Guest Commentary: Public needs to urge officials to restore health of Everglades, estuaries and water resources
Recently, residents in Lee and Collier counties were advised that the smokey smell in the air was a result of a muck fire in the Everglades, which is experiencing historically low water levels.
Furthermore, severe drought conditions have been declared in Palm Beach County, and coastal areas of Miami-Dade and Broward counties are now in the extreme drought category.
A major contributing factor that continues to intensify extreme dry/wet cycles in South Florida is a flawed water management system that limits surface water flow to the Everglades and diverts billions of gallons of water to tide on the west and east coast of South Florida during the wet season. At the heart of the problem is the Everglades Agricultural Area (EAA) including approximately 440,000 acres of sugar cane fields, south of Lake Okeechobee that has severed the hydrological connection between the lake and the Everglades.
Unfortunately, the governor, state Legislature and South Florida Water Management District recently decided not to pursue the state option with U.S. Sugar to purchase 46,800 acres south of Lake Okeechobee with Amendment 1 funds. The land is of paramount importance to the restoration of a central flow way south of Lake Okeechobee that is critical to recharging the Biscayne Aquifer to ensure adequate water supply for millions of people on the east coast, provide for proper flow rate and volume of water to renourish the Everglades and alleviate the massive releases of polluted water currently being redirected to the Caloosahatchee and St. Lucie resulting in the destruction of the estuaries on the west and east coast of south Florida.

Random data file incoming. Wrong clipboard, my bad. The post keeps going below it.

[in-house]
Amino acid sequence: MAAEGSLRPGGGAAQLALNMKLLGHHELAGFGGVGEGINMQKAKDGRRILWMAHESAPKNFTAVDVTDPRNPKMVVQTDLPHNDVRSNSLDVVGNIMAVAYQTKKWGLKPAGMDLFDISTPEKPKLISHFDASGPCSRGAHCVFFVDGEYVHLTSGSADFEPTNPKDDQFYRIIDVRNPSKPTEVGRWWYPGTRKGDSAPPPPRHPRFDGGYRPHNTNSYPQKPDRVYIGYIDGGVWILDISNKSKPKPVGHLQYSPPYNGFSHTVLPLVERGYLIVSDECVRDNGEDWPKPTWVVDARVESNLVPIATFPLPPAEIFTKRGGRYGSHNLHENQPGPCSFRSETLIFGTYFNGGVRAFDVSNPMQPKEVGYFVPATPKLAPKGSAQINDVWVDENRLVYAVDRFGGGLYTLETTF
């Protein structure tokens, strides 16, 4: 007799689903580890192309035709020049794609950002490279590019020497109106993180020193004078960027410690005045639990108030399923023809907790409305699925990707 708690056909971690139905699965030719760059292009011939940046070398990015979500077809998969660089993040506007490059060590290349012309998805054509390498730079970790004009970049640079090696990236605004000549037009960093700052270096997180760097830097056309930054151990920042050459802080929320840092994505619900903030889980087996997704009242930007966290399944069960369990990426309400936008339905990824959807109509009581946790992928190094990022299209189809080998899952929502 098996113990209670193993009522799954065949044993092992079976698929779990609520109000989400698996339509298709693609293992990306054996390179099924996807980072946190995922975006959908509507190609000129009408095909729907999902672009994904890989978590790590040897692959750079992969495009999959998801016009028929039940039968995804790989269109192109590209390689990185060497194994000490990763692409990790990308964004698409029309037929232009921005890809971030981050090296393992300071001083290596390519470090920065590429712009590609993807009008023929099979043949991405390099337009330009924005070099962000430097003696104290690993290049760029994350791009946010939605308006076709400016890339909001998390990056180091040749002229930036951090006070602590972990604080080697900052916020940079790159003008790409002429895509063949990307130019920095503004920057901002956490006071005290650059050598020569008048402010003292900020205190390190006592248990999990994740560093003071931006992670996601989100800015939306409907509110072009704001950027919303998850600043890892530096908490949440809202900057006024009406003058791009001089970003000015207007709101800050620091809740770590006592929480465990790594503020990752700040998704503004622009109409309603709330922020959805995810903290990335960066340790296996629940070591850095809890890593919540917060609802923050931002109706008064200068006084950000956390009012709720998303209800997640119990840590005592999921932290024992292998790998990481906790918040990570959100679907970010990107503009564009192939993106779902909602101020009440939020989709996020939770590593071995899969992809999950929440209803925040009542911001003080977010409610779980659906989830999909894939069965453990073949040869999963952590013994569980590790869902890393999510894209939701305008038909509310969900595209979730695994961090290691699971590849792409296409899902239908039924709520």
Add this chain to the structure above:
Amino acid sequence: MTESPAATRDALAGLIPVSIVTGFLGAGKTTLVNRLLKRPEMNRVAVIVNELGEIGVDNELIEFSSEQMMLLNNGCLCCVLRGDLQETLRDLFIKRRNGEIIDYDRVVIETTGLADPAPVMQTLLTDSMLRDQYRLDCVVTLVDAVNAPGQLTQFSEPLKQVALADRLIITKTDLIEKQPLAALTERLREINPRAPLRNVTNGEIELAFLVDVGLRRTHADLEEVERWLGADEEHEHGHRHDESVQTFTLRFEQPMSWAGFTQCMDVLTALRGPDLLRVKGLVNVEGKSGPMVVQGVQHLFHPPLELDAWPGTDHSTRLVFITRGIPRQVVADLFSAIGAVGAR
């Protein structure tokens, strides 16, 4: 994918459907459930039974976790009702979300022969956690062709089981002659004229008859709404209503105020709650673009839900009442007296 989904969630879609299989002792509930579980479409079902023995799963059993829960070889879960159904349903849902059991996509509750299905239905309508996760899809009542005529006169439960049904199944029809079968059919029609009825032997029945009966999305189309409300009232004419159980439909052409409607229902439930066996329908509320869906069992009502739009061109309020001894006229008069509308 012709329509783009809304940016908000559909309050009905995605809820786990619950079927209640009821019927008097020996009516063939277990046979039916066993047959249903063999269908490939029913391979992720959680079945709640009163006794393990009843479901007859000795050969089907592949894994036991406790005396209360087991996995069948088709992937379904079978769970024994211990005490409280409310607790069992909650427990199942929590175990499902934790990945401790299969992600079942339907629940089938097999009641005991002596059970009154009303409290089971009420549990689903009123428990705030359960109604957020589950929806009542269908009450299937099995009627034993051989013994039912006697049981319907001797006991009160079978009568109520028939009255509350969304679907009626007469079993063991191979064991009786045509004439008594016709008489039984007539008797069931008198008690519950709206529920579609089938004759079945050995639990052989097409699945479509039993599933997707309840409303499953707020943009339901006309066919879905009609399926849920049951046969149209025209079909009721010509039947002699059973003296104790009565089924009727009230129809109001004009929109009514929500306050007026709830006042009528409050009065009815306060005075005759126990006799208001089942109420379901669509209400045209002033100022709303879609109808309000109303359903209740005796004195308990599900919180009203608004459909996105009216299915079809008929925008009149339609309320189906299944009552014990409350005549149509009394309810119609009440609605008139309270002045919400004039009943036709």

The catastrophic damage to the South Florida ecosystem and tourism and real estate-based economy along with devastating collateral impacts to water supply and public health will continue to escalate unabated until our elected and water management officials initiate proactive action to effectively and efficiently manage our precious water resources.
People throughout South Florida are starting to recognize that the South Florida Water Management District’s focus on maintaining water levels in the EAA at approximately 18 to 24 inches below ground to maximize optimum growing conditions for sugar cane, regardless of seasonal fluctuations, is not only devastating to the estuaries on the west and east coast of South Florida but is restricting the movement of water flow to the south resulting in drier than normal conditions impacting public and private utility well fields and depriving the Everglades of water to minimize fire hazardous conditions.
The state Legislature will be convening in January 2016 and have the opportunity to do the “right thing” in appropriating sufficient funds to acquire lands south of Lake Okeechobee needed to complete the final piece of the puzzle for meaningful comprehensive Everglades restoration.
Silence is consent, or the public can communicate with their elected representatives and insist that the governor and Legislature act responsibly and purchase the necessary land south of Lake Okeechobee to restore the health of our Everglades, coastal estuaries and water resources.
-Ray Judah is a former Lee County Commissioner and long-time environmental activist.